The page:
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Fit & Finish Fit and Finish = the difference in "good art" and "fine art." Join in, as we discuss the fine art of finish and embellishment.

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Old 07-29-2006, 09:10 PM
Mario DeAngelis Mario DeAngelis is offline
Join Date: Jul 2006
Posts: 26
Best Grinding Belts


I am a newbie to knifemaking and would like to know where to get a better-quality 2"x72" grinding belts. Also, what are good grit sizes and grit materials to start out with?

Much appreciate the responses,

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Old 07-29-2006, 11:47 PM
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Ed Caffrey Ed Caffrey is offline
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Belt choices and grits are as varied as Knifemakers. Everyone has their own favorites.

My personal choices are as follows:

Course belts:
Klingspoor CS411, X weight, 50 grit (blue zirconia)
"Blaze" belts (don't remember the maker) in 50 grit

120 grit: Norton R823 (blue zirconia)

220 grit: Klinspoor LS309 (aluminum oxide)

400/800/1200 grits: Norton "Norax" (structured abrasive) X30=400 grit, X22=800grit, X16=1200git

I grind a bit differently then most. After forging and profiling I rough grind on a 50 grit, then a 120 grit....then it's off to heat treating.

After heat treating I do the final grind almost all the way with a 50 grit, and then jump straight to a Norax X30 (400 grit). This allows me to easily see and remove the 50 grit scratches, plus it saves me a load of time and belts by not going 50, 120, 220, 400, etc. I generally finish up final grinding with either the Norax X30 or X22. Everything else is hand finishing.

If your in the West, go with Tru-Grit for your belts. They generally have better prices than if you purchased wholesale from the belt compainies themselves. If your in the East, I recommend Pop's Knifes in Washington, GA. Same great service as Tru-Grit, and similar pricing. (The only reason I mentioned East or West is the time it takes to get the belts delivered to you)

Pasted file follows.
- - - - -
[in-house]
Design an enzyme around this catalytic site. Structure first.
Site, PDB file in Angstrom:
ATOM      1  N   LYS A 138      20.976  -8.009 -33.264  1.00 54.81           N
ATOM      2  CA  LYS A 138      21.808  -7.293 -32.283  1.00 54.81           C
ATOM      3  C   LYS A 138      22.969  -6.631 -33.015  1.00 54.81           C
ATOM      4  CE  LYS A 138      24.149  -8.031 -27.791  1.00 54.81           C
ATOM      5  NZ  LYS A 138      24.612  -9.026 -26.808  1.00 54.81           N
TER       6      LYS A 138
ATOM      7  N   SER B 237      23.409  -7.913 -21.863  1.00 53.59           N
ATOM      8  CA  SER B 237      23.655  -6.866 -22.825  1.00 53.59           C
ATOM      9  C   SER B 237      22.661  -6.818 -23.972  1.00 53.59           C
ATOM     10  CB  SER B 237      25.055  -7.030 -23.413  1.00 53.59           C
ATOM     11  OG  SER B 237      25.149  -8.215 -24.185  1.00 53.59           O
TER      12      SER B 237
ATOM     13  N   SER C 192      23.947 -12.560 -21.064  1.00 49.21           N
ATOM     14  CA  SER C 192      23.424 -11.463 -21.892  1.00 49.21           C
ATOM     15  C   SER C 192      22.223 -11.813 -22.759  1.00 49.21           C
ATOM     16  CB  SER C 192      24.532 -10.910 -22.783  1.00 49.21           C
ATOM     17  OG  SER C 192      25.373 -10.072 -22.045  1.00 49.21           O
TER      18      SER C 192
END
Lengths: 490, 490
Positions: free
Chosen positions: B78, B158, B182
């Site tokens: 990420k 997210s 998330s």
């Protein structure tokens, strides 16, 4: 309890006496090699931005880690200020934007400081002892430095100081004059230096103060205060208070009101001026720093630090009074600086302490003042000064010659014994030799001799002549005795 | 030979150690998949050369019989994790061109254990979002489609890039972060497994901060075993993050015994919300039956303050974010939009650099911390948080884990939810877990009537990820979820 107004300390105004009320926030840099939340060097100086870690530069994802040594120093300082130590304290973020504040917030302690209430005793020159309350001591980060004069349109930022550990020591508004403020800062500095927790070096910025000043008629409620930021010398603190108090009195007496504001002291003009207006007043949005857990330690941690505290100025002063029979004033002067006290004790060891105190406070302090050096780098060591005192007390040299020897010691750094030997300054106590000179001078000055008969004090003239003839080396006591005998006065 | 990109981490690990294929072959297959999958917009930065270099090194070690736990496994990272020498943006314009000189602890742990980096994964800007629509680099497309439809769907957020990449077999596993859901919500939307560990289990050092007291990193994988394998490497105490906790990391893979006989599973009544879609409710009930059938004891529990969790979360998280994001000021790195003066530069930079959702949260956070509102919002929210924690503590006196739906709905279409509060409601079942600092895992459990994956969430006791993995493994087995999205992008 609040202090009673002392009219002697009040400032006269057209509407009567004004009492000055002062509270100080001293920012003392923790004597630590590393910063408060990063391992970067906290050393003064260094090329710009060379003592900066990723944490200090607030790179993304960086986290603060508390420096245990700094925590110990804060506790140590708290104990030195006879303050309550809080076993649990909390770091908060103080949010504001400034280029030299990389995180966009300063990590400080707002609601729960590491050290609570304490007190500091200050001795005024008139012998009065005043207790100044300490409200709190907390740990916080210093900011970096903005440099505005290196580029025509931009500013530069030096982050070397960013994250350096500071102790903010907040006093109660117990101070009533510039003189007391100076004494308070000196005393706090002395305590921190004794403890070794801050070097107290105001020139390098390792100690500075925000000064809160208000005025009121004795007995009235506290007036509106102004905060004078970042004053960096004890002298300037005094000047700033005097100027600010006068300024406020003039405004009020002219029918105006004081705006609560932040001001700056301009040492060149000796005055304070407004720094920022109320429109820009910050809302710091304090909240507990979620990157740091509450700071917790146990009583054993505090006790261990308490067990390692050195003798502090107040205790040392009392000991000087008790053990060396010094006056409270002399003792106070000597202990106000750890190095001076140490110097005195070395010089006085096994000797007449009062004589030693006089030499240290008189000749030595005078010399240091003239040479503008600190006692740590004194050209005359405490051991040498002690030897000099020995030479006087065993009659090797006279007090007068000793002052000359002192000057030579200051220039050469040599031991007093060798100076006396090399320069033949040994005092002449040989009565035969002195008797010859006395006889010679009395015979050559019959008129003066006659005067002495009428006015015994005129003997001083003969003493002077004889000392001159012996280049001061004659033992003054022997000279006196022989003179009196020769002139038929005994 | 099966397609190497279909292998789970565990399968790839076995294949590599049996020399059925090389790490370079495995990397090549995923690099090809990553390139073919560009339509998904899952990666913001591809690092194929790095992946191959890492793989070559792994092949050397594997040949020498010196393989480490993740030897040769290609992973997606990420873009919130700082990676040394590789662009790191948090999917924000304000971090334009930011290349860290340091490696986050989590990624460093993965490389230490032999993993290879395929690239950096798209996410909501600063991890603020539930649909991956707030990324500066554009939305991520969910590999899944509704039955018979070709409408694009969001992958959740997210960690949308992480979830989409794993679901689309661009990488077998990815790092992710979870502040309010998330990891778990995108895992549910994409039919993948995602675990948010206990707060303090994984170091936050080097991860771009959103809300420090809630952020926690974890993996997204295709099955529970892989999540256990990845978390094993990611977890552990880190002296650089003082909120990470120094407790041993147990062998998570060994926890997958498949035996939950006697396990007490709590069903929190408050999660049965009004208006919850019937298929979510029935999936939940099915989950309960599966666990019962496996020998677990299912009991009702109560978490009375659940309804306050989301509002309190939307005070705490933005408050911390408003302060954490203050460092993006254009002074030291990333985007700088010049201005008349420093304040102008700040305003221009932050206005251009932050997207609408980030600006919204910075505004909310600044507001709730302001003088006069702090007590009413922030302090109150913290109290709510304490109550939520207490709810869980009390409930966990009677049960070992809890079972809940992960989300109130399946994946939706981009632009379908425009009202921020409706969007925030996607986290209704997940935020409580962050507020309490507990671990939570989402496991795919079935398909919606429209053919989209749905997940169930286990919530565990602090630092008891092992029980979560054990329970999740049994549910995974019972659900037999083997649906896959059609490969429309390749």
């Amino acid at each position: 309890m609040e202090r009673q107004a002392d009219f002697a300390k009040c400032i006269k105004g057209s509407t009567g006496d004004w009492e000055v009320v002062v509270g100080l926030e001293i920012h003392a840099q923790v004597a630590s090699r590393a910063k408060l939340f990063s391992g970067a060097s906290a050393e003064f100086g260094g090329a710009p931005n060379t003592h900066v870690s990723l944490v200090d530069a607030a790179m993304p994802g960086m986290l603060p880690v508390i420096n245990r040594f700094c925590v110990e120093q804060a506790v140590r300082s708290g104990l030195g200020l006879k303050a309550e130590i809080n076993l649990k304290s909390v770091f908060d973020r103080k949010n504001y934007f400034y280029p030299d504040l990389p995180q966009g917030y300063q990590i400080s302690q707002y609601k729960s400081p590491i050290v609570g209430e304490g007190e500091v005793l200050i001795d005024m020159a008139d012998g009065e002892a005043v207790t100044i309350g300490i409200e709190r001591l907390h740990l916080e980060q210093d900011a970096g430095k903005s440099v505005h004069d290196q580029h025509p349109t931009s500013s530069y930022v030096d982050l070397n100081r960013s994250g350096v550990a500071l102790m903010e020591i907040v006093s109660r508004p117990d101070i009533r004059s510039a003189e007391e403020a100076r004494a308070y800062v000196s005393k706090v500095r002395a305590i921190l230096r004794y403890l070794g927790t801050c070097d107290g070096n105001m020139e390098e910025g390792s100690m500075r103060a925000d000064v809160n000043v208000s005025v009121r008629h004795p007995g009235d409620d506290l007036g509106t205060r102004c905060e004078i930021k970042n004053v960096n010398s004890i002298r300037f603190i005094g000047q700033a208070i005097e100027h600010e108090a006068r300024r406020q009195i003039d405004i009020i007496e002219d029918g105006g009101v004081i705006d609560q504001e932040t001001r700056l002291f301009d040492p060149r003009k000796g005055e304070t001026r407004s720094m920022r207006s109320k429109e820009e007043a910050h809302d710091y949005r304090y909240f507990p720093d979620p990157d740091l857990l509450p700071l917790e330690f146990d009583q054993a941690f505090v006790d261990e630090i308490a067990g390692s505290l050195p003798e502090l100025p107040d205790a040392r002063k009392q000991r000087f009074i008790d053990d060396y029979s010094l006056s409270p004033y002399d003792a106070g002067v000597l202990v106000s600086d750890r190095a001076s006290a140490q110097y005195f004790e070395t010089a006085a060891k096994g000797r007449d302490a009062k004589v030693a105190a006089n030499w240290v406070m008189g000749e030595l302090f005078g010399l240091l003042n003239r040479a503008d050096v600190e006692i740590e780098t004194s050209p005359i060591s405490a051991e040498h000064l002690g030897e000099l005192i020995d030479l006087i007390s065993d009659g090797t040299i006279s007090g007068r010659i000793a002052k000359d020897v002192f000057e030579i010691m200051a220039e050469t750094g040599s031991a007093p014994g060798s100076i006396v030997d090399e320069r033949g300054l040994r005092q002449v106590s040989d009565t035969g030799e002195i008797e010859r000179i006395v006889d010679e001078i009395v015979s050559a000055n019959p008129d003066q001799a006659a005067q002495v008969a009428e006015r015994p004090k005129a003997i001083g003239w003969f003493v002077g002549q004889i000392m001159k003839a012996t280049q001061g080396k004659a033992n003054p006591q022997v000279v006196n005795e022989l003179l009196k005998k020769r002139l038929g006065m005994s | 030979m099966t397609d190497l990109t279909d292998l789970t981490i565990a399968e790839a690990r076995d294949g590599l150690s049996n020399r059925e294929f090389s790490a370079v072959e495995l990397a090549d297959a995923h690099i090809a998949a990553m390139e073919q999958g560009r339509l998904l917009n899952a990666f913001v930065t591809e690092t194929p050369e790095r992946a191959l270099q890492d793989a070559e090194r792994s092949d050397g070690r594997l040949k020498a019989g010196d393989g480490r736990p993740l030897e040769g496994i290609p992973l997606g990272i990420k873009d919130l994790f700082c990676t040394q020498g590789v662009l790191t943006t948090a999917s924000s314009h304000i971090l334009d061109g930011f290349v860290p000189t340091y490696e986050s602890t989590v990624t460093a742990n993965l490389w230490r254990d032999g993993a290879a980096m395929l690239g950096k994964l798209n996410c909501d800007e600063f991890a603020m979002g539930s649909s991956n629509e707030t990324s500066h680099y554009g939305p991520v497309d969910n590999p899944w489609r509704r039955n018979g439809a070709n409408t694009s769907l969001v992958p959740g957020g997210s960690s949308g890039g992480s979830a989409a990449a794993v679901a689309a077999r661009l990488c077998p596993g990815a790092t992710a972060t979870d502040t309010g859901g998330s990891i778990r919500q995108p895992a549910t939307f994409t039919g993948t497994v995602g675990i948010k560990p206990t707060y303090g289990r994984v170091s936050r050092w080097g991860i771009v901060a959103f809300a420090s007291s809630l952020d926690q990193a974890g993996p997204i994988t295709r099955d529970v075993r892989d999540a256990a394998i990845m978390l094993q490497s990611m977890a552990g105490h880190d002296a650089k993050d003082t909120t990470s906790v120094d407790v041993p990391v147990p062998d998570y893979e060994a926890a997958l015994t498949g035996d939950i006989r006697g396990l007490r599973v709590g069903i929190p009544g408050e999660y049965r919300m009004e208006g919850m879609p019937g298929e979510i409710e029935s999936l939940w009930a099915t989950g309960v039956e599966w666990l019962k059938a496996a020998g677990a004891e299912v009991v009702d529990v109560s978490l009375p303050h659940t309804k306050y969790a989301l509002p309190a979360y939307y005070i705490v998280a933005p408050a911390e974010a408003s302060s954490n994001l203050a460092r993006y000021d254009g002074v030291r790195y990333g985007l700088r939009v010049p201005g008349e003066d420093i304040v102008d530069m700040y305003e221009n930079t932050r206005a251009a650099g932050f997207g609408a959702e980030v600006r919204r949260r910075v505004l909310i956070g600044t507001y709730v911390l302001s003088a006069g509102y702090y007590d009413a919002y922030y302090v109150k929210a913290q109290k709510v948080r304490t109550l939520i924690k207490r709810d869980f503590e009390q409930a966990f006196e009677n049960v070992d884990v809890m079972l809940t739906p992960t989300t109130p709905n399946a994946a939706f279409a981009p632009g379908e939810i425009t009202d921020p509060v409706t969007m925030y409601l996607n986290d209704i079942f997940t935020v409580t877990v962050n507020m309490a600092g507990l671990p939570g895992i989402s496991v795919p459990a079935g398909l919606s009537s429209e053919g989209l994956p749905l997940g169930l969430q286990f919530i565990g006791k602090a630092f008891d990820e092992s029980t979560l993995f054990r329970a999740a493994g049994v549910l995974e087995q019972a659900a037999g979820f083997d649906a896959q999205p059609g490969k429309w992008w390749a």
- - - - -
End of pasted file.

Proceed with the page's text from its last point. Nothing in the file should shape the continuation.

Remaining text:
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Old 07-31-2006, 11:44 AM
SteveA SteveA is offline
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Join Date: Nov 2002
Posts: 124
Pop's has some Carbo-Schroder and Awuko belts that I've liked. When I was finishing up my grinder and called Pop for advice about belts, he suggested these would be fine to try out the new toy, and I've been using them ever since (bit more than a year). I think I have some 50s and 80s in the Schroders, but have actually used the 120-600 grits. Uncle Al sells some blue zirconia in 36 and 60 grit and some yellow J-flex in 120 and 220 that I also like. That's what we used at the blade school and I picked up a supply while I was out there.

One of Pop's suggestions - that I haven't followed very well - was to keep notes about how well different belts perform when you're trying out belts. Something like, well, I got x blades per belt with this, and y per belt with this other, but this one costs more...


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Old 07-31-2006, 11:46 AM
SteveA SteveA is offline
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P.S. No, I haven't been using the very same belt for a year. Just the same brand...

And thanks, Ed. I'm going to try your grit progression sometime. Sounds like a good idea.


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Old 07-31-2006, 02:36 PM
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Andries Olivier Andries Olivier is offline
Join Date: Apr 2005
Location: Lydenburg
Posts: 315
Ditto what Ed said.
You can also try Klingspor 50 grit CS 610 YY Ceramic belt which is a bit expensive but well worth the price.
Swiss made belts from SIA abbrasives is also very good if you can get them. They also have a range of blue belts specially developed for steel.
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Old 08-03-2006, 12:09 PM
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M&J M&J is offline
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I like the Norton Hoggers and use 50, 80 and 120. Then it's the structured abrasives from Norton or 3M, A120-A6. I date my belts so I can gauge usefulness for knives done. When these get worn, I file them into the next finer catergory and continue to use them. YMMV though.

With sheet papers, I've only known Klingspor 80-600, I have some 3M 1000-2000 and 3M polishing sheets.

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Old 08-04-2006, 01:23 AM
Frank Niro Frank Niro is offline
Join Date: Jun 2002
Location: Blind Bay B.C. Canada
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For me the 3M 967F belts in 60 grit give the best results. I use these on metal, wiood, tutanium, ivory and even pearl . Then the Gator belts CFA260,65, 45,and A16 work great for metal. For handle work I like the Hermes RB406 series. Frank

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